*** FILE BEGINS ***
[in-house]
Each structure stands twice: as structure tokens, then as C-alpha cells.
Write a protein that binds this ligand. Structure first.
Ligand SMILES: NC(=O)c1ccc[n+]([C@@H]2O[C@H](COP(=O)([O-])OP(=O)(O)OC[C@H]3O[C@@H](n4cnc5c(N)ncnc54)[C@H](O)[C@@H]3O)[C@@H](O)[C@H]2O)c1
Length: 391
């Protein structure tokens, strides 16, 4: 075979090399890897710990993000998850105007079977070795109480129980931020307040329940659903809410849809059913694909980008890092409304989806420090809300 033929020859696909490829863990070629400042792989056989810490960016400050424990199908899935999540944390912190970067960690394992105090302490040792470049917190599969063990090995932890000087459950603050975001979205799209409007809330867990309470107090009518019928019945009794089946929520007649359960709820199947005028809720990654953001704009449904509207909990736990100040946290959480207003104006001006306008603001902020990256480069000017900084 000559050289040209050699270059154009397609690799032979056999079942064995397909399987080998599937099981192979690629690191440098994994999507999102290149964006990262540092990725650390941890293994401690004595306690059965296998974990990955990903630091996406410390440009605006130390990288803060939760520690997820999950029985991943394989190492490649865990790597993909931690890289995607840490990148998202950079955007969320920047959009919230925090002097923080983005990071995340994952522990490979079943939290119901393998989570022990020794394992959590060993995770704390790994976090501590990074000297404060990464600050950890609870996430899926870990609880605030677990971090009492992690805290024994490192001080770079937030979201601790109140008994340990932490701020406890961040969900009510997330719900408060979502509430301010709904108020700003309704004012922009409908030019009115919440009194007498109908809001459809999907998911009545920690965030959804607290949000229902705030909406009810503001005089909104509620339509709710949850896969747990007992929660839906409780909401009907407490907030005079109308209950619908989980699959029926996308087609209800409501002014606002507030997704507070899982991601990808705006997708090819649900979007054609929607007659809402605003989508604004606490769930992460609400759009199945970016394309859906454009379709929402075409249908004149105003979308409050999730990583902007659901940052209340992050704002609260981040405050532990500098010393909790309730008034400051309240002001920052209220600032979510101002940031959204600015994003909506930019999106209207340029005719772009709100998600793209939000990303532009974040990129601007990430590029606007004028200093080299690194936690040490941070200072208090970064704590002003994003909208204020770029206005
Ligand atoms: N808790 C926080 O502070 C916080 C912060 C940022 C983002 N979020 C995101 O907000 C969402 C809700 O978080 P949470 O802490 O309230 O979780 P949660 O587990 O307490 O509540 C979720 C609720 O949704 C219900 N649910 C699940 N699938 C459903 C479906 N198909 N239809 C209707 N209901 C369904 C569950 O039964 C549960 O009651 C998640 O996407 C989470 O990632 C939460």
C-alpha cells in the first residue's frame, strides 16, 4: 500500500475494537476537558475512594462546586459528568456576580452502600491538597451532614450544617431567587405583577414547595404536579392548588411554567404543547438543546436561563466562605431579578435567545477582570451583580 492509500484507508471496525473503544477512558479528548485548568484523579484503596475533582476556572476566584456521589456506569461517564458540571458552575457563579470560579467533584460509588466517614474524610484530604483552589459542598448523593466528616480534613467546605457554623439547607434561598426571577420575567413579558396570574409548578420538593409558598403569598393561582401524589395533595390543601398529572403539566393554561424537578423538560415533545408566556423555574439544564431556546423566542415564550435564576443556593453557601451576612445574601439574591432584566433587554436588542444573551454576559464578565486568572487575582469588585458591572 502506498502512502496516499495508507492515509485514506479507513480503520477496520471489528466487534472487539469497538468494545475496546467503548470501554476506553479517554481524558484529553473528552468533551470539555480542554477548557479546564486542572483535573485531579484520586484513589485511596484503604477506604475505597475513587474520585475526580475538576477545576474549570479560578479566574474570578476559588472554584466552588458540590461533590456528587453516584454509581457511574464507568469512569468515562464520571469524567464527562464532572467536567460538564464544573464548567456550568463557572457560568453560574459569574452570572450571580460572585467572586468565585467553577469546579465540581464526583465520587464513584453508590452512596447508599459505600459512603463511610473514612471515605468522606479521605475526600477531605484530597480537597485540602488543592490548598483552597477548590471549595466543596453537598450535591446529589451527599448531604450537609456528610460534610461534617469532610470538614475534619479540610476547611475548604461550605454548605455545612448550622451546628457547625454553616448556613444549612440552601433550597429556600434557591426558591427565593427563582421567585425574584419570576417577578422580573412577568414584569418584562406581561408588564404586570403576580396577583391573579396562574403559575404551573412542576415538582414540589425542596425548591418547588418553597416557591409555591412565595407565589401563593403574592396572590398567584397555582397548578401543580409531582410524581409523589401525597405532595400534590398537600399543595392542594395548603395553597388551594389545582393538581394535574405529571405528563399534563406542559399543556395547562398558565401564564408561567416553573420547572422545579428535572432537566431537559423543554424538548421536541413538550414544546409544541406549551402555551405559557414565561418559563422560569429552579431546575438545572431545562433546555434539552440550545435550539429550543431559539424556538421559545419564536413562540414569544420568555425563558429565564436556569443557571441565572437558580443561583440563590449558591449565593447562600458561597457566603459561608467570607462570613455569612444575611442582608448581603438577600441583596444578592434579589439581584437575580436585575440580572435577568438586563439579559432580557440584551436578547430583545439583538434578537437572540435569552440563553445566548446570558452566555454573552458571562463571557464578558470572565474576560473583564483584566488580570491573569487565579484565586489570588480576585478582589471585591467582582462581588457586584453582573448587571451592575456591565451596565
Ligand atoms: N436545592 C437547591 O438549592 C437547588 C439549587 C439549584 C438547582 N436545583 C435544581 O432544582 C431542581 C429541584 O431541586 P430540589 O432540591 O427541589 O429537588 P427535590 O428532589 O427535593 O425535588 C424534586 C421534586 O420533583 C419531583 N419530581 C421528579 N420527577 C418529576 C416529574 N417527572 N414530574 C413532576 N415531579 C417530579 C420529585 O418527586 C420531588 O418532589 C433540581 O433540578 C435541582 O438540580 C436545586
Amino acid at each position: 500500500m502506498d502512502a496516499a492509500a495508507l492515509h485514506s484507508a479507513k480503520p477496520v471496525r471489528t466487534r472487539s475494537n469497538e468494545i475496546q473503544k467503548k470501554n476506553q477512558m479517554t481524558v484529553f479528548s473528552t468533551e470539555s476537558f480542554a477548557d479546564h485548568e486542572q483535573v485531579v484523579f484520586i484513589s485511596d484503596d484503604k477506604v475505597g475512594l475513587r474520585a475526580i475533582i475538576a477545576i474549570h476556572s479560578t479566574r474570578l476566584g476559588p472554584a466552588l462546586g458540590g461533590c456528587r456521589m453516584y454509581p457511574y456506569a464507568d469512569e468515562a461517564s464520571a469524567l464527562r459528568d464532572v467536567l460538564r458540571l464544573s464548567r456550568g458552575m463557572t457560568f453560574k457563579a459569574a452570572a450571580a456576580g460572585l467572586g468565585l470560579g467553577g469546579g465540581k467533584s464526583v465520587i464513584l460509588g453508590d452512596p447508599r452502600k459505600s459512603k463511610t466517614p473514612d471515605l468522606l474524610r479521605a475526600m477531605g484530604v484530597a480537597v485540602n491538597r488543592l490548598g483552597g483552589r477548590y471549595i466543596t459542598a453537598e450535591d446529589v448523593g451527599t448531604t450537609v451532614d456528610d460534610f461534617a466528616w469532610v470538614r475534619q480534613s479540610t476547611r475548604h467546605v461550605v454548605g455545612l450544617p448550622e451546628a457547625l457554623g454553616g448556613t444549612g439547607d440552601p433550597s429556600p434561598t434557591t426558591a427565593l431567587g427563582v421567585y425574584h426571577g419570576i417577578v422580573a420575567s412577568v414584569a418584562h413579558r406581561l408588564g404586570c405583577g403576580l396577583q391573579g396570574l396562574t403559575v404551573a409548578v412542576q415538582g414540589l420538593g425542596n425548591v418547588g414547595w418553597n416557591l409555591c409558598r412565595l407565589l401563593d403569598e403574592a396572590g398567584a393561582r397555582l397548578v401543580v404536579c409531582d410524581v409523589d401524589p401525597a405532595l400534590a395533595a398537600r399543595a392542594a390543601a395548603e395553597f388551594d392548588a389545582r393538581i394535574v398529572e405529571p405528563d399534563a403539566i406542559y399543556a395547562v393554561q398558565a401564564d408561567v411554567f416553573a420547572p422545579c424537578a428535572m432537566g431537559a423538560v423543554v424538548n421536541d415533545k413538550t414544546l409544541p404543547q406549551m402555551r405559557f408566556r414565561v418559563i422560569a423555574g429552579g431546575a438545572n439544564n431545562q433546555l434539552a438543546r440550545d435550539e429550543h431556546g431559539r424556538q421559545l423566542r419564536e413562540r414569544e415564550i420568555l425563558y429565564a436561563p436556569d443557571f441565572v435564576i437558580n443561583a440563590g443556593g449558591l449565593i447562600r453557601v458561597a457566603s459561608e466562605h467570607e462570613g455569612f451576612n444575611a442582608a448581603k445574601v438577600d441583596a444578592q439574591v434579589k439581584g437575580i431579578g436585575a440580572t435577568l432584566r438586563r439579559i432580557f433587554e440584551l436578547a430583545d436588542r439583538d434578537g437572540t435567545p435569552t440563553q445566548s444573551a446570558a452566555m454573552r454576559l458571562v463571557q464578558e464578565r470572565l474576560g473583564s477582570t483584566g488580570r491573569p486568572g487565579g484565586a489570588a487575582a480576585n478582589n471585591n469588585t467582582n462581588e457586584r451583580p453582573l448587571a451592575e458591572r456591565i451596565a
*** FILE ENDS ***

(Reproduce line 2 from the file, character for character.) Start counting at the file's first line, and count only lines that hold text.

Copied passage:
Each structure stands twice: as structure tokens, then as C-alpha cells.